The fatal stabbing of Conservative MP David Amess has been declared a terrorist incident, the Metropolitan Police has said.
The force said the investigation into the killing in Leigh-on-Sea, Essex, on Friday is being led by counter terrorism policing.
In a statement, the Metropolitan Police said senior national coordinator for counter terrorism policing, deputy assistant commissioner Dean Haydon, had formally declared the incident as terrorism.
The early investigation has revealed “a potential motivation linked to Islamist extremism”, the force said.
A 25-year-old man arrested at the scene on suspicion of murder is currently in custody at an Essex police station.
As part of the investigation, officers are currently carrying out searches at two addresses in the London area, the Met said.
The force believe the man acted alone and are not seeking anyone else in connection with the matter at this time but inquiries into the circumstances of the incident are continuing.
The Tory veteran, who had been an MP since 1983, was stabbed several times at Belfairs Methodist Church in Leigh-on-Sea near Southend at midday as he was meeting constituents.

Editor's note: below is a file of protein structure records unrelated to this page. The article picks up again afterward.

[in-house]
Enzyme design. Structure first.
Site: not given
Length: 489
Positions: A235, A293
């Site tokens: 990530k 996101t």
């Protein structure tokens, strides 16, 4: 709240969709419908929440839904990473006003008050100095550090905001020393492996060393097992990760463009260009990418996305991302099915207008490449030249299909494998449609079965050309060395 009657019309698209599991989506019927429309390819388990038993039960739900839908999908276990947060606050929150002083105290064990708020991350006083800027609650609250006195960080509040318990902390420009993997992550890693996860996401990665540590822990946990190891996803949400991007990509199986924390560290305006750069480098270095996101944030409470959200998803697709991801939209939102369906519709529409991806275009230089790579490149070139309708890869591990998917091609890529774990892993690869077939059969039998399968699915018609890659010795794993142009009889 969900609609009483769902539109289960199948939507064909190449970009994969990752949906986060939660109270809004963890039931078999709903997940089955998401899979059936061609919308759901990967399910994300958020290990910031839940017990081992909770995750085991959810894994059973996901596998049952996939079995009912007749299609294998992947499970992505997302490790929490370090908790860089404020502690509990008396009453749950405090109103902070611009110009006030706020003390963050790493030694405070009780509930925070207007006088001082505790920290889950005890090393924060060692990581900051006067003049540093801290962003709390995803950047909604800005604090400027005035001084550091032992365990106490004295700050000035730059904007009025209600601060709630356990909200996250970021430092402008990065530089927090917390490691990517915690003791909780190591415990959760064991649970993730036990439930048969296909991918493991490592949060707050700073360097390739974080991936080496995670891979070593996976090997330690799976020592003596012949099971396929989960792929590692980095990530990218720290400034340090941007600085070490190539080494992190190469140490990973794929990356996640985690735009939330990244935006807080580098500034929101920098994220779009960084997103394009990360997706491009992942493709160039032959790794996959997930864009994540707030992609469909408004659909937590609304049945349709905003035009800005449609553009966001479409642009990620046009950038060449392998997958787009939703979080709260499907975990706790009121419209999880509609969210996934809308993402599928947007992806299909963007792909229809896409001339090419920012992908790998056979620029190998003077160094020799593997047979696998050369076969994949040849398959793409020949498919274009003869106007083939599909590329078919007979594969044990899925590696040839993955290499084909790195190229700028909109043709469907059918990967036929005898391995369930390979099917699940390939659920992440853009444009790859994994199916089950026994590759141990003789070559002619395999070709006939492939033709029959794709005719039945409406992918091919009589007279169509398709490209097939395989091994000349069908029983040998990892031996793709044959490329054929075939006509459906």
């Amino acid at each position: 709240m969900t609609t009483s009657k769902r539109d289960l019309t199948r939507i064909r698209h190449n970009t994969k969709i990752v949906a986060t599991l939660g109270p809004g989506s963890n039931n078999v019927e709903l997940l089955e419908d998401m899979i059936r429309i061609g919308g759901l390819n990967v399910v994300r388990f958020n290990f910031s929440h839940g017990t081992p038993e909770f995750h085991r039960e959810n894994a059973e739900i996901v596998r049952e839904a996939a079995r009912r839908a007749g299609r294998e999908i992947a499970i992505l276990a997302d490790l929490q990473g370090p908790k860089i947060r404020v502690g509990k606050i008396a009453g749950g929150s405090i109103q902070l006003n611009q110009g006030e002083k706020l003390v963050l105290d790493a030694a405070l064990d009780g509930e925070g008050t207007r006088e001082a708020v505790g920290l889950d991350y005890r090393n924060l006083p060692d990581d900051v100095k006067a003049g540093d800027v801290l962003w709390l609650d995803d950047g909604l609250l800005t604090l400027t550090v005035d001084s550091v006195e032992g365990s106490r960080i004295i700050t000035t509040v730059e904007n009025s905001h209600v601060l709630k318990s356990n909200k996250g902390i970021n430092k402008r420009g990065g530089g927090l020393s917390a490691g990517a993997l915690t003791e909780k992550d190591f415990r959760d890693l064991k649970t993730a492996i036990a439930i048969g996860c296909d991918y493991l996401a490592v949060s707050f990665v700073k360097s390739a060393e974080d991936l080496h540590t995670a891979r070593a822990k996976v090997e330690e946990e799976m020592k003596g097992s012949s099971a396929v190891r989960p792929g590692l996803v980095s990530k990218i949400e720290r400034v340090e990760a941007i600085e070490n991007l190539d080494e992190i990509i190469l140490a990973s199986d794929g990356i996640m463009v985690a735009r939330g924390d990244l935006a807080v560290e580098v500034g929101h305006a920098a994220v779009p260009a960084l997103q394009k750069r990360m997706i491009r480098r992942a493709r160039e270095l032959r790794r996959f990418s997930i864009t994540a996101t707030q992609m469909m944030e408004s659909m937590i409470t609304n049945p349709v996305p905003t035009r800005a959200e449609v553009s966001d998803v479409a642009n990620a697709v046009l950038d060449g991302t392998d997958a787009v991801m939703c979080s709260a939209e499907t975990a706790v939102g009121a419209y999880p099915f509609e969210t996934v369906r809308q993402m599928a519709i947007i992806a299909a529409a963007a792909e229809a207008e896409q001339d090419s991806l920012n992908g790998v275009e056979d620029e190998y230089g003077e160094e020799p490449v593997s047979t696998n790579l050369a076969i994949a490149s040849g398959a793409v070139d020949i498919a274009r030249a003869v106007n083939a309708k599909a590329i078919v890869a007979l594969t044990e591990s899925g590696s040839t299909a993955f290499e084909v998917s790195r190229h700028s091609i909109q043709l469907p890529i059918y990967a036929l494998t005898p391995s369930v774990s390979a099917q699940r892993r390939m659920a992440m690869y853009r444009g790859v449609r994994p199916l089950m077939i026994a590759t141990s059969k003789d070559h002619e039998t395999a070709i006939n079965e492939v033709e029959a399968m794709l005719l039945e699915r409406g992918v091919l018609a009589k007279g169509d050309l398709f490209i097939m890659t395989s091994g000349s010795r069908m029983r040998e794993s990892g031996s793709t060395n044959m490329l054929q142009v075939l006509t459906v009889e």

Prime minister Boris Johnson led the tributes to one of the “kindest, nicest, most gentle people in politics”. The 69-year-old MP for Southend West was married with five children.
Sir David became the second British member of parliament in just over five years to be killed. In 2016, Labour MP Jo Cox was shot and stabbed in her constituency by a far-right supporter.
Tributes poured in for Sir David, who was first elected the MP for Basildon, before becoming the MP for Southend West in 1997.
Johnson said all our hearts are filled with “shock” and “sadness” as he reacted to the death.
The prime minister said Amess was killed after “almost 40 years of continuous service to the people of Essex and the whole of the United Kingdom”.
He added: “The reason people are so shocked and sad is above all he was one of the kindest, nicest, most gentle people in politics.
“He also had an outstanding record of passing laws to help the most vulnerable.”
Brendan Cox, the husband of the late Jo Cox who was murdered in her Batley constituency, said: “This brings everything back.”
“My thoughts and love are with David’s family,” he tweeted.
“They are all that matter now. This brings everything back. The pain, the loss, but also how much love the public gave us following the loss of Jo. I hope we can do the same for David now.”
Amess was knighted by Queen Elizabeth for his public service in 2015.
He never served in a ministerial role, focussing his efforts on local constituency matters. He was popular with politicians and known for his active contributions to debates – often about issues relating to his Essex constituency or animal rights.